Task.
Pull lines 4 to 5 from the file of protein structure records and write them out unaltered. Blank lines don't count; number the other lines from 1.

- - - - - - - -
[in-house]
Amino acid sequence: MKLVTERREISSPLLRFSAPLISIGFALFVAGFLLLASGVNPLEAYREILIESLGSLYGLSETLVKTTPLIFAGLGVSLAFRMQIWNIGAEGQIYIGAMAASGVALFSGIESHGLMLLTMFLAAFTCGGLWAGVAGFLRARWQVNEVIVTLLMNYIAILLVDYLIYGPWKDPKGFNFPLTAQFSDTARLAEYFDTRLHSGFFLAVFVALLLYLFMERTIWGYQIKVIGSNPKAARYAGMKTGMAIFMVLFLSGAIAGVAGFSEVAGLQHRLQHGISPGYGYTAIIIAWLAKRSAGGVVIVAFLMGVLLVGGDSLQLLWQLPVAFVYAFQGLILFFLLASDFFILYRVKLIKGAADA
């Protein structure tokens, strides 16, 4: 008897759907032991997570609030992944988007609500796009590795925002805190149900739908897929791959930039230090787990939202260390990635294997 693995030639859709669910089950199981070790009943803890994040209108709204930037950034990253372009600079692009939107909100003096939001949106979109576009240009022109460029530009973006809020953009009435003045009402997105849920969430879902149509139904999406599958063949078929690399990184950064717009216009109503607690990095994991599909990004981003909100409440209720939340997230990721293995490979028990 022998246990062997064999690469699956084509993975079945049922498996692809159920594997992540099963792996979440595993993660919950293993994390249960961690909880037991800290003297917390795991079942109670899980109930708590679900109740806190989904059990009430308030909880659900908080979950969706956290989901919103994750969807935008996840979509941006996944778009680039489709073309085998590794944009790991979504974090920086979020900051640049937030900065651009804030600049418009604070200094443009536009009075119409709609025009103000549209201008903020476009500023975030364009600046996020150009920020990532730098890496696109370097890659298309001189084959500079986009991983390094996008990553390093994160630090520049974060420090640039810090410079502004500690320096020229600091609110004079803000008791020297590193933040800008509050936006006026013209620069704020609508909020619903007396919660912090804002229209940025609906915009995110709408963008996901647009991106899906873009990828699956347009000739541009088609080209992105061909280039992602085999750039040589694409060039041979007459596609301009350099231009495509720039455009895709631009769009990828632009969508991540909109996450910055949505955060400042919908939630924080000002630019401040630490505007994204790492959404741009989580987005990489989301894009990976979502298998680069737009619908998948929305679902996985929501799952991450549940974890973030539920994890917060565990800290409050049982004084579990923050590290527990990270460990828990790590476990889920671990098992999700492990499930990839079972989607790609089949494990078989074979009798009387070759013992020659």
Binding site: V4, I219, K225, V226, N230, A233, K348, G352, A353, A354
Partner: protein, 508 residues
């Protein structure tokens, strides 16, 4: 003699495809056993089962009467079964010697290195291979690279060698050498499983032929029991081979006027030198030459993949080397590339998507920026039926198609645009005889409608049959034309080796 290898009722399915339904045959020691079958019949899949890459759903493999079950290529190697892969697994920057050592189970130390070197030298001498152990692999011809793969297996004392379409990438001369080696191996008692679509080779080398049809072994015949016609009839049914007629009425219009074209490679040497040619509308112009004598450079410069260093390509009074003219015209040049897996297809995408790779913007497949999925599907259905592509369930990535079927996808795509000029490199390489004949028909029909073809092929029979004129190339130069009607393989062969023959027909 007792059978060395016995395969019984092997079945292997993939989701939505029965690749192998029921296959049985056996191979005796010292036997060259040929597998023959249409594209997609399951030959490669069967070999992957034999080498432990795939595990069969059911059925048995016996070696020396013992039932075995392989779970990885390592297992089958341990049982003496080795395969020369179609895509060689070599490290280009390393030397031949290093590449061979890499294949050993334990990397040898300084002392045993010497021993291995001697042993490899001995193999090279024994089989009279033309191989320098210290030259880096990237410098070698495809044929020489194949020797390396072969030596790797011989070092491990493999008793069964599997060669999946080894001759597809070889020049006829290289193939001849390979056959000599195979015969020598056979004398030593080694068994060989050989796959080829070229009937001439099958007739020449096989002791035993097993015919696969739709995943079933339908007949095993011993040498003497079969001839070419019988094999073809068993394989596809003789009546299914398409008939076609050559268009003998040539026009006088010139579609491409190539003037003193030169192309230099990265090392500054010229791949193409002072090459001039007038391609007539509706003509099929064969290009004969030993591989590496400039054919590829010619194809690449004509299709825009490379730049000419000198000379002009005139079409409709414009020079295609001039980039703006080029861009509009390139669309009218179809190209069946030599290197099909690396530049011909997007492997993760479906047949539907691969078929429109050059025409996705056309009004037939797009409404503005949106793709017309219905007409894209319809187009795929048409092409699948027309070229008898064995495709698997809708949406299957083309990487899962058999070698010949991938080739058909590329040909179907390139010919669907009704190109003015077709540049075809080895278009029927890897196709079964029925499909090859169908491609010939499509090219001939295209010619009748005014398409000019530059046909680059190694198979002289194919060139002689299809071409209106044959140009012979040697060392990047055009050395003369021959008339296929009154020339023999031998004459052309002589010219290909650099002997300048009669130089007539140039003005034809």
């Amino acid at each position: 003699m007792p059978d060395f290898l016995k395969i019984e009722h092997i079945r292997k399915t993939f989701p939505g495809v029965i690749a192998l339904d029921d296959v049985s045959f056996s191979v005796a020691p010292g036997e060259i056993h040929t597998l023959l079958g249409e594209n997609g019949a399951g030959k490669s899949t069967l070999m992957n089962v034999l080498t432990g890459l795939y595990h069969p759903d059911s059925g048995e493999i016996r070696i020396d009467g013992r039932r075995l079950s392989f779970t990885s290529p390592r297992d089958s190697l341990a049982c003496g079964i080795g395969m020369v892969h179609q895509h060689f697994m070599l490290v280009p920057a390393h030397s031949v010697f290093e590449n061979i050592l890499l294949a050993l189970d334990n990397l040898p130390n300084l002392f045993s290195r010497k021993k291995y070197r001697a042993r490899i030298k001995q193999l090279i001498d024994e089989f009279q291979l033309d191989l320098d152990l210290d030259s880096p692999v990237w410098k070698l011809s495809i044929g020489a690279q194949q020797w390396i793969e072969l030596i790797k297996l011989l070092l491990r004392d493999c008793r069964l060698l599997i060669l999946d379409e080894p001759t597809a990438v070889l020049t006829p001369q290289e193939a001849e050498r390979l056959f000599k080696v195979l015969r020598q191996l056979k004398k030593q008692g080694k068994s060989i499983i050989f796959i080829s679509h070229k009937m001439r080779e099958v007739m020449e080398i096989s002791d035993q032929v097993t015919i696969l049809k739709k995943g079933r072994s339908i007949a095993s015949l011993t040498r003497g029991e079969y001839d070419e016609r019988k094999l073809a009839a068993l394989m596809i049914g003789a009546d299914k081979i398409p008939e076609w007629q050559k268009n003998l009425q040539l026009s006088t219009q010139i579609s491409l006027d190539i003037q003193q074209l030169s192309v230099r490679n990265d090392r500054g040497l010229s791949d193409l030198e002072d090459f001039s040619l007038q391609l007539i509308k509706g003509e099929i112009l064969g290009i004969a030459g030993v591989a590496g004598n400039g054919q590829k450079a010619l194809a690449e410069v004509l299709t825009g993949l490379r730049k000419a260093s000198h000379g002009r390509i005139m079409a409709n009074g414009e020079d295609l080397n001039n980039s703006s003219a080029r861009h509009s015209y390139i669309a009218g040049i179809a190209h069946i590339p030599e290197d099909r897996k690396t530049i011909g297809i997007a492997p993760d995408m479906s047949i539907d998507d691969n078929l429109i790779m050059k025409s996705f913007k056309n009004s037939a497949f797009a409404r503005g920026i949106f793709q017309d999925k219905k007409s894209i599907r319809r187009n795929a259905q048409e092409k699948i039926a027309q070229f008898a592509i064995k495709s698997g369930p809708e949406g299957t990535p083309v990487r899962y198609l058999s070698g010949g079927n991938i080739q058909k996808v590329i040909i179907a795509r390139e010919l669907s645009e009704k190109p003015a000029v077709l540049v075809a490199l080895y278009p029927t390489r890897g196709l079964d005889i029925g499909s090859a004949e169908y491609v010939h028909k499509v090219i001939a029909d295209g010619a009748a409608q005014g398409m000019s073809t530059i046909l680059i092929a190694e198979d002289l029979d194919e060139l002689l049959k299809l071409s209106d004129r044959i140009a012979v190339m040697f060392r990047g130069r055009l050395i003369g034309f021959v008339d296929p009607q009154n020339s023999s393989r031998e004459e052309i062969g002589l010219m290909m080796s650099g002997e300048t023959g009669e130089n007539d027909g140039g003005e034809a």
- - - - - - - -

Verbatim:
Binding site: V4, I219, K225, V226, N230, A233, K348, G352, A353, A354
Partner: protein, 508 residues